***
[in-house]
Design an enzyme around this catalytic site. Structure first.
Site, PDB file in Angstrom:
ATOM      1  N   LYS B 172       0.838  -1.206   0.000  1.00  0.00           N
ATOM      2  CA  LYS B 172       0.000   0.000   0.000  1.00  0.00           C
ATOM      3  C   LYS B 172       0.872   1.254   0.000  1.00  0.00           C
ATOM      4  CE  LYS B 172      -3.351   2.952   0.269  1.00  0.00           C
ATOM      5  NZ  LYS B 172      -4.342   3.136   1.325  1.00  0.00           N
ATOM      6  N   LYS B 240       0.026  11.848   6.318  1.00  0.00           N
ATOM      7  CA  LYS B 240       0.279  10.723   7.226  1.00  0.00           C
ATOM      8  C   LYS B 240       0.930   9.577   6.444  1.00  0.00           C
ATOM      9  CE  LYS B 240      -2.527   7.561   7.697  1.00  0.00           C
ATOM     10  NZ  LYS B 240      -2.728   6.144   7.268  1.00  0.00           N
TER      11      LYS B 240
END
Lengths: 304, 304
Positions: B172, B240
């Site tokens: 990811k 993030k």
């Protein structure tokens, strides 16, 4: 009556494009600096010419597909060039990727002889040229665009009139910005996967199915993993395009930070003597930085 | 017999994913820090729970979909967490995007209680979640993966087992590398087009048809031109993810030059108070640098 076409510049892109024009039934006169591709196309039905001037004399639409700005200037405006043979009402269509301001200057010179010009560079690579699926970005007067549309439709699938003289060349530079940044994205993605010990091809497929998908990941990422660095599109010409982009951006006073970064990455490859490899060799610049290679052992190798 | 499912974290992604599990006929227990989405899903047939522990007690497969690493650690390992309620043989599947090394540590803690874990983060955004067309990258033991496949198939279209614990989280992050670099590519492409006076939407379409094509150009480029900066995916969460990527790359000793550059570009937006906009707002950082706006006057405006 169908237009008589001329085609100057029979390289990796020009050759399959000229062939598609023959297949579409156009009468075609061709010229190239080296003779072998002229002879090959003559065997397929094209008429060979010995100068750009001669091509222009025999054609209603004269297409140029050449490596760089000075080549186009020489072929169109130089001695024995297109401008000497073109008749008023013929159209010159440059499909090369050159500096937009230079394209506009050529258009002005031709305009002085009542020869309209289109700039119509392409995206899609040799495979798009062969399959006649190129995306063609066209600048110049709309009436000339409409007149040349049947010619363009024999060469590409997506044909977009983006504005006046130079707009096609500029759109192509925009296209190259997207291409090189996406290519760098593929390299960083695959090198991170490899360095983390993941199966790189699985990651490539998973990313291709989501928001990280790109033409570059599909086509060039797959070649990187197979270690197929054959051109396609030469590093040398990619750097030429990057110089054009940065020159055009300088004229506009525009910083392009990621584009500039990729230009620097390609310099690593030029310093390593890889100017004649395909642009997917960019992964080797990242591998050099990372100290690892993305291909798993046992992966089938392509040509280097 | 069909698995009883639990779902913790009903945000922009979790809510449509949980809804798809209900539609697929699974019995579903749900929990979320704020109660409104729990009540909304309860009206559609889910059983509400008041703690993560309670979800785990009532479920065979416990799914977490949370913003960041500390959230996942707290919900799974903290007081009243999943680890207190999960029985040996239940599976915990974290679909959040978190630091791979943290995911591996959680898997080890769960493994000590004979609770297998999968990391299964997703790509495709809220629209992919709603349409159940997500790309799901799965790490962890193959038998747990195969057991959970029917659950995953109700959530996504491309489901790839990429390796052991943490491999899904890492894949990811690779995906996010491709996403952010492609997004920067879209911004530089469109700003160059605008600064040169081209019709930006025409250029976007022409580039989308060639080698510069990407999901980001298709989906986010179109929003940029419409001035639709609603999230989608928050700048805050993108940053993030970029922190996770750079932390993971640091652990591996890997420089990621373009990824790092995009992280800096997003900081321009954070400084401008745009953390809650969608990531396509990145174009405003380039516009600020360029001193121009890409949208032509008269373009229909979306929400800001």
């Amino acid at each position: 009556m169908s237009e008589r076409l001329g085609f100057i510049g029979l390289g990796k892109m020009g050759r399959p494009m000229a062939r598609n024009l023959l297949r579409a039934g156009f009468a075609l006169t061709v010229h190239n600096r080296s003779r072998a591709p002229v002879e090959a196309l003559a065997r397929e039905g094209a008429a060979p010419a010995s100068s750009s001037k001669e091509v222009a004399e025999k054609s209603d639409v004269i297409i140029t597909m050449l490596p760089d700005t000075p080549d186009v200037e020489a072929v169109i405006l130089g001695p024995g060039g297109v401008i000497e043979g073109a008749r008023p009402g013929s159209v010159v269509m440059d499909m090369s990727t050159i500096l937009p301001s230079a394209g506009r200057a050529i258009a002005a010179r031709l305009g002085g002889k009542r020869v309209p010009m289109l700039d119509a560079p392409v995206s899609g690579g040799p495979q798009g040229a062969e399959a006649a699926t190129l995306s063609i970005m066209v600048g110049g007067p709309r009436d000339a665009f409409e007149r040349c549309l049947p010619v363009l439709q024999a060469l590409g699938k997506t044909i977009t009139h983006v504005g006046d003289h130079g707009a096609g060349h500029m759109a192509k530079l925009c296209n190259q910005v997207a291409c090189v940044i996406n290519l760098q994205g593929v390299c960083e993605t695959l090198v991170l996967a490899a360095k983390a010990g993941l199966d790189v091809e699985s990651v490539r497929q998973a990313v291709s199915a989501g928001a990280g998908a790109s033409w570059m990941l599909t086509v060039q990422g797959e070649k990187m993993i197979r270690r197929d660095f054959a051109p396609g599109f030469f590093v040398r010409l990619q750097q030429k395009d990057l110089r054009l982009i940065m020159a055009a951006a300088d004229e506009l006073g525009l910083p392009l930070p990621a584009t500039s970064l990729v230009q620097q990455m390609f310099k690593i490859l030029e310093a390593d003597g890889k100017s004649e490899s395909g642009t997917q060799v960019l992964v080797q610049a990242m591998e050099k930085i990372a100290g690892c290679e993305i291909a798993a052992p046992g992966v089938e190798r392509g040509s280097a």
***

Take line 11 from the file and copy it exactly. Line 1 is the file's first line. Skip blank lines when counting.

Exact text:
ATOM      8  C   LYS B 240       0.930   9.577   6.444  1.00  0.00           C